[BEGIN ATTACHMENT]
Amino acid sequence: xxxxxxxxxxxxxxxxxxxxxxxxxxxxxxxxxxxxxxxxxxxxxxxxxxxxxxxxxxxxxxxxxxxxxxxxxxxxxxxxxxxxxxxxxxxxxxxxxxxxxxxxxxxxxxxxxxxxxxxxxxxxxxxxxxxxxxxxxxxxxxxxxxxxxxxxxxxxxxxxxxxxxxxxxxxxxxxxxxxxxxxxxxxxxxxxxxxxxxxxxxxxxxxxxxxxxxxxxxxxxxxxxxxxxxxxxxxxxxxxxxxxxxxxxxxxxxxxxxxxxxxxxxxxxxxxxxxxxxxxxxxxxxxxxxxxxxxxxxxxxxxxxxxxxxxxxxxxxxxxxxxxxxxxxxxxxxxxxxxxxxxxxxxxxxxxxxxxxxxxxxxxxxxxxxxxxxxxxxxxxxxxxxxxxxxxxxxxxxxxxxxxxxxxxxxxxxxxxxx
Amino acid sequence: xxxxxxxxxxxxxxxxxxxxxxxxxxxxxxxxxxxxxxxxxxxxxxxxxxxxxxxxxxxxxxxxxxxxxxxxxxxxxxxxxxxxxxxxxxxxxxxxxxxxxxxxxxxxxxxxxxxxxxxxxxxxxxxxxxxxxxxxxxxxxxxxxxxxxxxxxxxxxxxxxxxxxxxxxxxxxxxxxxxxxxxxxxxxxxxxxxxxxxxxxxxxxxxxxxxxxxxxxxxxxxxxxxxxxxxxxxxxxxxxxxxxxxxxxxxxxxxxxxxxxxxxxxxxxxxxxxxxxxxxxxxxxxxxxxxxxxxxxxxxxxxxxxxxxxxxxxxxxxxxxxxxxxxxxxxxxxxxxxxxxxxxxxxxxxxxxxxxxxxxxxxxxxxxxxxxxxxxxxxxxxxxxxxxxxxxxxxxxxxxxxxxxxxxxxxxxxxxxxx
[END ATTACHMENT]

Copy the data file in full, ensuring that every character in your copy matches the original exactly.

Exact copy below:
Amino acid sequence: xxxxxxxxxxxxxxxxxxxxxxxxxxxxxxxxxxxxxxxxxxxxxxxxxxxxxxxxxxxxxxxxxxxxxxxxxxxxxxxxxxxxxxxxxxxxxxxxxxxxxxxxxxxxxxxxxxxxxxxxxxxxxxxxxxxxxxxxxxxxxxxxxxxxxxxxxxxxxxxxxxxxxxxxxxxxxxxxxxxxxxxxxxxxxxxxxxxxxxxxxxxxxxxxxxxxxxxxxxxxxxxxxxxxxxxxxxxxxxxxxxxxxxxxxxxxxxxxxxxxxxxxxxxxxxxxxxxxxxxxxxxxxxxxxxxxxxxxxxxxxxxxxxxxxxxxxxxxxxxxxxxxxxxxxxxxxxxxxxxxxxxxxxxxxxxxxxxxxxxxxxxxxxxxxxxxxxxxxxxxxxxxxxxxxxxxxxxxxxxxxxxxxxxxxxxxxxxxxxx
Amino acid sequence: xxxxxxxxxxxxxxxxxxxxxxxxxxxxxxxxxxxxxxxxxxxxxxxxxxxxxxxxxxxxxxxxxxxxxxxxxxxxxxxxxxxxxxxxxxxxxxxxxxxxxxxxxxxxxxxxxxxxxxxxxxxxxxxxxxxxxxxxxxxxxxxxxxxxxxxxxxxxxxxxxxxxxxxxxxxxxxxxxxxxxxxxxxxxxxxxxxxxxxxxxxxxxxxxxxxxxxxxxxxxxxxxxxxxxxxxxxxxxxxxxxxxxxxxxxxxxxxxxxxxxxxxxxxxxxxxxxxxxxxxxxxxxxxxxxxxxxxxxxxxxxxxxxxxxxxxxxxxxxxxxxxxxxxxxxxxxxxxxxxxxxxxxxxxxxxxxxxxxxxxxxxxxxxxxxxxxxxxxxxxxxxxxxxxxxxxxxxxxxxxxxxxxxxxxxxxxxxxxxx